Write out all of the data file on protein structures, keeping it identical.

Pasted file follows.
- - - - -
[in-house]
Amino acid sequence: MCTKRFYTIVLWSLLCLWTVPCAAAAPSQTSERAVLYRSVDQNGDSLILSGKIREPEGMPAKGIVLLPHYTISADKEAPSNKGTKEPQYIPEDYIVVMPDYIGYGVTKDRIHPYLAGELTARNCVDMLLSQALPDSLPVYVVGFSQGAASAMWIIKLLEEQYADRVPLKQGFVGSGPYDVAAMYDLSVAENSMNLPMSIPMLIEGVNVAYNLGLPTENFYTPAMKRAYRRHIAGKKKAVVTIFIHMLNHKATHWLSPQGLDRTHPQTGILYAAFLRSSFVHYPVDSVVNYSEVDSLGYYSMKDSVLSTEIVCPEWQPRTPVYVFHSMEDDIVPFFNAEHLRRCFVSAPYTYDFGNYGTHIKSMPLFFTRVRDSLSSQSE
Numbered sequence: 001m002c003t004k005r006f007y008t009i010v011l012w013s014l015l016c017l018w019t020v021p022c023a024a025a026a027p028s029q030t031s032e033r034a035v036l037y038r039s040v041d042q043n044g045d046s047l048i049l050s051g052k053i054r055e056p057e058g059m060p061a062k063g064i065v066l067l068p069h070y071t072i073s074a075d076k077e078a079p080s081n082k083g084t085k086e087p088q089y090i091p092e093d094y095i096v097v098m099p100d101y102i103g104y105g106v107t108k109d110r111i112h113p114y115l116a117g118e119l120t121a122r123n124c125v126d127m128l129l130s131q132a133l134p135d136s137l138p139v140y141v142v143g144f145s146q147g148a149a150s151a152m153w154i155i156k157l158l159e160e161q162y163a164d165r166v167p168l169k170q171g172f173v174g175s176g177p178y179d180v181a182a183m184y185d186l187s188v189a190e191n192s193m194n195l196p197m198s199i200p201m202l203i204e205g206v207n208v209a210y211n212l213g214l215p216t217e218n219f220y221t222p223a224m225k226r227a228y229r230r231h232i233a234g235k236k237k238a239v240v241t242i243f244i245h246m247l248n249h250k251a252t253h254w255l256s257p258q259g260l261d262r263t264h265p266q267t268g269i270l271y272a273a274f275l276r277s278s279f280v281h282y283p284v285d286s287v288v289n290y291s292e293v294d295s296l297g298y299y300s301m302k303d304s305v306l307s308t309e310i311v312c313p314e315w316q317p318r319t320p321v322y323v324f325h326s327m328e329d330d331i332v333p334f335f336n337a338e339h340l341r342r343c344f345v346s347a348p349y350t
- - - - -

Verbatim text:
[in-house]
Amino acid sequence: MCTKRFYTIVLWSLLCLWTVPCAAAAPSQTSERAVLYRSVDQNGDSLILSGKIREPEGMPAKGIVLLPHYTISADKEAPSNKGTKEPQYIPEDYIVVMPDYIGYGVTKDRIHPYLAGELTARNCVDMLLSQALPDSLPVYVVGFSQGAASAMWIIKLLEEQYADRVPLKQGFVGSGPYDVAAMYDLSVAENSMNLPMSIPMLIEGVNVAYNLGLPTENFYTPAMKRAYRRHIAGKKKAVVTIFIHMLNHKATHWLSPQGLDRTHPQTGILYAAFLRSSFVHYPVDSVVNYSEVDSLGYYSMKDSVLSTEIVCPEWQPRTPVYVFHSMEDDIVPFFNAEHLRRCFVSAPYTYDFGNYGTHIKSMPLFFTRVRDSLSSQSE
Numbered sequence: 001m002c003t004k005r006f007y008t009i010v011l012w013s014l015l016c017l018w019t020v021p022c023a024a025a026a027p028s029q030t031s032e033r034a035v036l037y038r039s040v041d042q043n044g045d046s047l048i049l050s051g052k053i054r055e056p057e058g059m060p061a062k063g064i065v066l067l068p069h070y071t072i073s074a075d076k077e078a079p080s081n082k083g084t085k086e087p088q089y090i091p092e093d094y095i096v097v098m099p100d101y102i103g104y105g106v107t108k109d110r111i112h113p114y115l116a117g118e119l120t121a122r123n124c125v126d127m128l129l130s131q132a133l134p135d136s137l138p139v140y141v142v143g144f145s146q147g148a149a150s151a152m153w154i155i156k157l158l159e160e161q162y163a164d165r166v167p168l169k170q171g172f173v174g175s176g177p178y179d180v181a182a183m184y185d186l187s188v189a190e191n192s193m194n195l196p197m198s199i200p201m202l203i204e205g206v207n208v209a210y211n212l213g214l215p216t217e218n219f220y221t222p223a224m225k226r227a228y229r230r231h232i233a234g235k236k237k238a239v240v241t242i243f244i245h246m247l248n249h250k251a252t253h254w255l256s257p258q259g260l261d262r263t264h265p266q267t268g269i270l271y272a273a274f275l276r277s278s279f280v281h282y283p284v285d286s287v288v289n290y291s292e293v294d295s296l297g298y299y300s301m302k303d304s305v306l307s308t309e310i311v312c313p314e315w316q317p318r319t320p321v322y323v324f325h326s327m328e329d330d331i332v333p334f335f336n337a338e339h340l341r342r343c344f345v346s347a348p349y350t